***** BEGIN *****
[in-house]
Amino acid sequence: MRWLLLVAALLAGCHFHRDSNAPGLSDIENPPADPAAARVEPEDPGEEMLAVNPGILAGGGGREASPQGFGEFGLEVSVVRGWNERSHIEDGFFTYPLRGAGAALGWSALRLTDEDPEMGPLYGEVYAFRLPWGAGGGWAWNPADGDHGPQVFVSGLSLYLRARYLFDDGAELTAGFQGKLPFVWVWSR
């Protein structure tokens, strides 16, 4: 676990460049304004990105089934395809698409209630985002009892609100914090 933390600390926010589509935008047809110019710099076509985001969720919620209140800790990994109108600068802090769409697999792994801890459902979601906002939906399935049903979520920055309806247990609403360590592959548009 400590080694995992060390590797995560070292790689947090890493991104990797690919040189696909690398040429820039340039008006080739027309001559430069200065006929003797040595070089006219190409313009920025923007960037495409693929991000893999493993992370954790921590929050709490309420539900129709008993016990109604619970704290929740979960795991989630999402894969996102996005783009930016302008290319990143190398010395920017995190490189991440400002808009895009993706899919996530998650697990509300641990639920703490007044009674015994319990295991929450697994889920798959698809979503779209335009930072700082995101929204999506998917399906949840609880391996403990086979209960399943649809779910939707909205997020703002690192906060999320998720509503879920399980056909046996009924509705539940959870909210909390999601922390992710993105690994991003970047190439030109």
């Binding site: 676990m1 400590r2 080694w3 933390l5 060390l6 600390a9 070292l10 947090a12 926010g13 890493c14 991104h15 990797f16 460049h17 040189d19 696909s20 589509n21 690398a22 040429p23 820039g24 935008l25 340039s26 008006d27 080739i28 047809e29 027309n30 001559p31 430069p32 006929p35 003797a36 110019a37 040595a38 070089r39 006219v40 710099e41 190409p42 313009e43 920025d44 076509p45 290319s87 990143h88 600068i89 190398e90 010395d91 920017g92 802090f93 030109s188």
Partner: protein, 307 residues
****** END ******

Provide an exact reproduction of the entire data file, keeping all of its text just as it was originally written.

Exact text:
[in-house]
Amino acid sequence: MRWLLLVAALLAGCHFHRDSNAPGLSDIENPPADPAAARVEPEDPGEEMLAVNPGILAGGGGREASPQGFGEFGLEVSVVRGWNERSHIEDGFFTYPLRGAGAALGWSALRLTDEDPEMGPLYGEVYAFRLPWGAGGGWAWNPADGDHGPQVFVSGLSLYLRARYLFDDGAELTAGFQGKLPFVWVWSR
């Protein structure tokens, strides 16, 4: 676990460049304004990105089934395809698409209630985002009892609100914090 933390600390926010589509935008047809110019710099076509985001969720919620209140800790990994109108600068802090769409697999792994801890459902979601906002939906399935049903979520920055309806247990609403360590592959548009 400590080694995992060390590797995560070292790689947090890493991104990797690919040189696909690398040429820039340039008006080739027309001559430069200065006929003797040595070089006219190409313009920025923007960037495409693929991000893999493993992370954790921590929050709490309420539900129709008993016990109604619970704290929740979960795991989630999402894969996102996005783009930016302008290319990143190398010395920017995190490189991440400002808009895009993706899919996530998650697990509300641990639920703490007044009674015994319990295991929450697994889920798959698809979503779209335009930072700082995101929204999506998917399906949840609880391996403990086979209960399943649809779910939707909205997020703002690192906060999320998720509503879920399980056909046996009924509705539940959870909210909390999601922390992710993105690994991003970047190439030109």
């Binding site: 676990m1 400590r2 080694w3 933390l5 060390l6 600390a9 070292l10 947090a12 926010g13 890493c14 991104h15 990797f16 460049h17 040189d19 696909s20 589509n21 690398a22 040429p23 820039g24 935008l25 340039s26 008006d27 080739i28 047809e29 027309n30 001559p31 430069p32 006929p35 003797a36 110019a37 040595a38 070089r39 006219v40 710099e41 190409p42 313009e43 920025d44 076509p45 290319s87 990143h88 600068i89 190398e90 010395d91 920017g92 802090f93 030109s188």
Partner: protein, 307 residues